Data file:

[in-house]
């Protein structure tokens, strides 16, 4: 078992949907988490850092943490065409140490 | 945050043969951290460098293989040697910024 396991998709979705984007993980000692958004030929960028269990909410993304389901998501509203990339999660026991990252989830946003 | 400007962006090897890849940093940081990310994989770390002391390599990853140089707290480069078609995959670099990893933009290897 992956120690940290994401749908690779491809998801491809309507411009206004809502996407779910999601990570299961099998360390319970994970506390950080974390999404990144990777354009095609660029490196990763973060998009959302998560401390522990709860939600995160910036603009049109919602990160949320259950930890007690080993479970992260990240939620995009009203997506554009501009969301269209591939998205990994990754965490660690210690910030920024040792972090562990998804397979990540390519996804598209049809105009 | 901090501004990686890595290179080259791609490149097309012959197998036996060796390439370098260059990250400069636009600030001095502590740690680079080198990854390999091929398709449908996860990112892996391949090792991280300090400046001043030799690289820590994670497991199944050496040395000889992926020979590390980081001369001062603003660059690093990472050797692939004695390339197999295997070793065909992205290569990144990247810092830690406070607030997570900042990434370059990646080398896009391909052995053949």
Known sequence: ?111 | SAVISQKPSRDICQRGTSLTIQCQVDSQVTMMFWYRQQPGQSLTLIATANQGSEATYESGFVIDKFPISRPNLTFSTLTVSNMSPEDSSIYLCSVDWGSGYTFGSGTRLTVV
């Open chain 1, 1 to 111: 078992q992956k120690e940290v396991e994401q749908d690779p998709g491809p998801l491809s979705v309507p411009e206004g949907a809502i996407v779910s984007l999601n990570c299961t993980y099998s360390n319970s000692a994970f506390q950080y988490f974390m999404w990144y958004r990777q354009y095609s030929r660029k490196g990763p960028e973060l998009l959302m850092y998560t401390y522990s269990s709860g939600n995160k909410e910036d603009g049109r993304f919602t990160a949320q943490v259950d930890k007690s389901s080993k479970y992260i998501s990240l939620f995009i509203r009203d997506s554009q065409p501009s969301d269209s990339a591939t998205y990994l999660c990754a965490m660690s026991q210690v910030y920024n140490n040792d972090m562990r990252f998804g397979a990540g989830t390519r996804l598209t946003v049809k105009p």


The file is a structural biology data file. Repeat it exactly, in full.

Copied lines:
[in-house]
């Protein structure tokens, strides 16, 4: 078992949907988490850092943490065409140490 | 945050043969951290460098293989040697910024 396991998709979705984007993980000692958004030929960028269990909410993304389901998501509203990339999660026991990252989830946003 | 400007962006090897890849940093940081990310994989770390002391390599990853140089707290480069078609995959670099990893933009290897 992956120690940290994401749908690779491809998801491809309507411009206004809502996407779910999601990570299961099998360390319970994970506390950080974390999404990144990777354009095609660029490196990763973060998009959302998560401390522990709860939600995160910036603009049109919602990160949320259950930890007690080993479970992260990240939620995009009203997506554009501009969301269209591939998205990994990754965490660690210690910030920024040792972090562990998804397979990540390519996804598209049809105009 | 901090501004990686890595290179080259791609490149097309012959197998036996060796390439370098260059990250400069636009600030001095502590740690680079080198990854390999091929398709449908996860990112892996391949090792991280300090400046001043030799690289820590994670497991199944050496040395000889992926020979590390980081001369001062603003660059690093990472050797692939004695390339197999295997070793065909992205290569990144990247810092830690406070607030997570900042990434370059990646080398896009391909052995053949």
Known sequence: ?111 | SAVISQKPSRDICQRGTSLTIQCQVDSQVTMMFWYRQQPGQSLTLIATANQGSEATYESGFVIDKFPISRPNLTFSTLTVSNMSPEDSSIYLCSVDWGSGYTFGSGTRLTVV
């Open chain 1, 1 to 111: 078992q992956k120690e940290v396991e994401q749908d690779p998709g491809p998801l491809s979705v309507p411009e206004g949907a809502i996407v779910s984007l999601n990570c299961t993980y099998s360390n319970s000692a994970f506390q950080y988490f974390m999404w990144y958004r990777q354009y095609s030929r660029k490196g990763p960028e973060l998009l959302m850092y998560t401390y522990s269990s709860g939600n995160k909410e910036d603009g049109r993304f919602t990160a949320q943490v259950d930890k007690s389901s080993k479970y992260i998501s990240l939620f995009i509203r009203d997506s554009q065409p501009s969301d269209s990339a591939t998205y990994l999660c990754a965490m660690s026991q210690v910030y920024n140490n040792d972090m562990r990252f998804g397979a990540g989830t390519r996804l598209t946003v049809k105009p």